New Economist has some reading for Fed watchers:
New Economist: Productivity and the Fed: Why you shouldn't always trust real-time data: For those interested in the debate over monetary policy "smoothing" and problems with real-time data, the Federal Reserve's quandary over productivity during the 1990s is salutary. A key challenge facing the Fed at the time was the inconsistent messages it was getting about productivity. Incoming aggregate data initially suggested low productivity growth, but anecdotal firm-level evidence hinted at an acceleration. Which was right?
A new St Louis Fed Working Paper by Richard G. Anderson, and Kevin L. Kliesen examines this period in detail, including long and fascinating quotes from FOMC transcripts. The paper, Productivity Measurement and Monetary Policymaking During the 1990s, shows clearly how Greenspan refused to take the real-time data at face value:
Chairman Greenspan’s view of the nascent acceleration in productivity growth was formed largely by both his numerous contacts in the business sector and his abiding belief that the published aggregate data were not correctly measuring the effects of information technological innovations that businesses were claiming to have garnered.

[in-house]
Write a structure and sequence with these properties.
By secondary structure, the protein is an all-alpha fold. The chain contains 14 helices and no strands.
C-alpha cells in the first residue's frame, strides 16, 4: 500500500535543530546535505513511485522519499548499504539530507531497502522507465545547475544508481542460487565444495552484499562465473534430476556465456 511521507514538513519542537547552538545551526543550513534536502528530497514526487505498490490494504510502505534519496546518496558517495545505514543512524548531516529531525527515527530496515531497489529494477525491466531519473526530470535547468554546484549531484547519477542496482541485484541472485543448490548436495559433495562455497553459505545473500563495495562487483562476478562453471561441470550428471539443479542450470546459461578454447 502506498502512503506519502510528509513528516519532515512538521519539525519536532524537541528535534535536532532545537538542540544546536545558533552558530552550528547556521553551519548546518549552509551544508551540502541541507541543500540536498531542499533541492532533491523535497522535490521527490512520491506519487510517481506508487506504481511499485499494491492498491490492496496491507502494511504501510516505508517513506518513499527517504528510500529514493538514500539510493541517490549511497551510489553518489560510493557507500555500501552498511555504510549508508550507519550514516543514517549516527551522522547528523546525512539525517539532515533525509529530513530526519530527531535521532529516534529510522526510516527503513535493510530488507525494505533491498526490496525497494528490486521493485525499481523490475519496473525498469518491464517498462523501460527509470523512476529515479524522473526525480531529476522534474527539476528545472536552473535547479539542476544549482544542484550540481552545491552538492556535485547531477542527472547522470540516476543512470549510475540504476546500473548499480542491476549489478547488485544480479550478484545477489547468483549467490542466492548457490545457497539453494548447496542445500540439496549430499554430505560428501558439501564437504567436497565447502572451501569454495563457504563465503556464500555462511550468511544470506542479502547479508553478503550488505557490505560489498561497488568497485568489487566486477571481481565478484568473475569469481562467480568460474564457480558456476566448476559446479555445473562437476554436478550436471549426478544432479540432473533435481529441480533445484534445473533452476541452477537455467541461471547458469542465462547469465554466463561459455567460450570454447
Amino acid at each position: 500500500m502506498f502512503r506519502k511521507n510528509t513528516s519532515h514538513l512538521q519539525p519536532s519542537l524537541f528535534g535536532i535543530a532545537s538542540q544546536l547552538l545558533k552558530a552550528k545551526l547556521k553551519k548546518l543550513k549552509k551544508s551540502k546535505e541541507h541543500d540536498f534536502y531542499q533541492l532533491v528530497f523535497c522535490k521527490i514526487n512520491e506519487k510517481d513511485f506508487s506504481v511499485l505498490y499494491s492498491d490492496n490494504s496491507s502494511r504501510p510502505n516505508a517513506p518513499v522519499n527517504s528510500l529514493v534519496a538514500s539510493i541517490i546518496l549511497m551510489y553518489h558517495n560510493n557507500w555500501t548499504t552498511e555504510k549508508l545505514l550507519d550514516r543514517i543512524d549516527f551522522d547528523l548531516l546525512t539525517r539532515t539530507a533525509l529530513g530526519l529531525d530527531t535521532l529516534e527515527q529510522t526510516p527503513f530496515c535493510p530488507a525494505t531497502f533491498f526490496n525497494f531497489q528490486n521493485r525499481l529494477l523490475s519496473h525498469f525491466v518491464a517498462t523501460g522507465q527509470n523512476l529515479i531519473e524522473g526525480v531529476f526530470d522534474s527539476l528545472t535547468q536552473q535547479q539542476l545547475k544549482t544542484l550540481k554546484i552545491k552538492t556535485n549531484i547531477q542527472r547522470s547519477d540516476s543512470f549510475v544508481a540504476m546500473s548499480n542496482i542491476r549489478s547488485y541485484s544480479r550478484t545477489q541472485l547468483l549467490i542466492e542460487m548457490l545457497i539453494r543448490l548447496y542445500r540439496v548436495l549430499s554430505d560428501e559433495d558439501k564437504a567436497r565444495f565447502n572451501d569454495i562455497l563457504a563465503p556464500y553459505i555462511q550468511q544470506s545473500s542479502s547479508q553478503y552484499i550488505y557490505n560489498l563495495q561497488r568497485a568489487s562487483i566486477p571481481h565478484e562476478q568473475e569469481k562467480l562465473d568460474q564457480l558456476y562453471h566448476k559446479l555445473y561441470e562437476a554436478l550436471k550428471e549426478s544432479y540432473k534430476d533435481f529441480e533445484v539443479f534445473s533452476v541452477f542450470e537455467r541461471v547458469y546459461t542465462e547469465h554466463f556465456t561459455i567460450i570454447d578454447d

With few exceptions, Greenspan views were discounted by both the Board’s staff and his colleagues on the Federal Open Market Committee (FOMC). But the Chairman was not dissuaded. He noted, for example, that available data suggested that the service sector had achieved no productivity gain in twenty years, an unlikely event. If this measurement was wrong, how many more were incorrect? As the discrepancies widened, in 1996 he requested that the Board’s economic research staff conduct a project to assess the accuracy of the Bureau of Labor Statistics’ published productivity figures.
Although that study confirmed the picture painted by the then-current data, subsequent data revisions changed the picture. Later published aggregate data converged to the more rapid growth suggested by the Chairman’s anecdotal, firm-level data.
The authors conclude:
Our analysis highlights the difficulties in formulating monetary policy using preliminary, incoming data. Policymakers should be - and are - wary about placing too much faith in initial estimates because data revisions often have significantly challenged the perceptions that policymakers previous held in “real time.”
Recommended reading for all Fed watchers.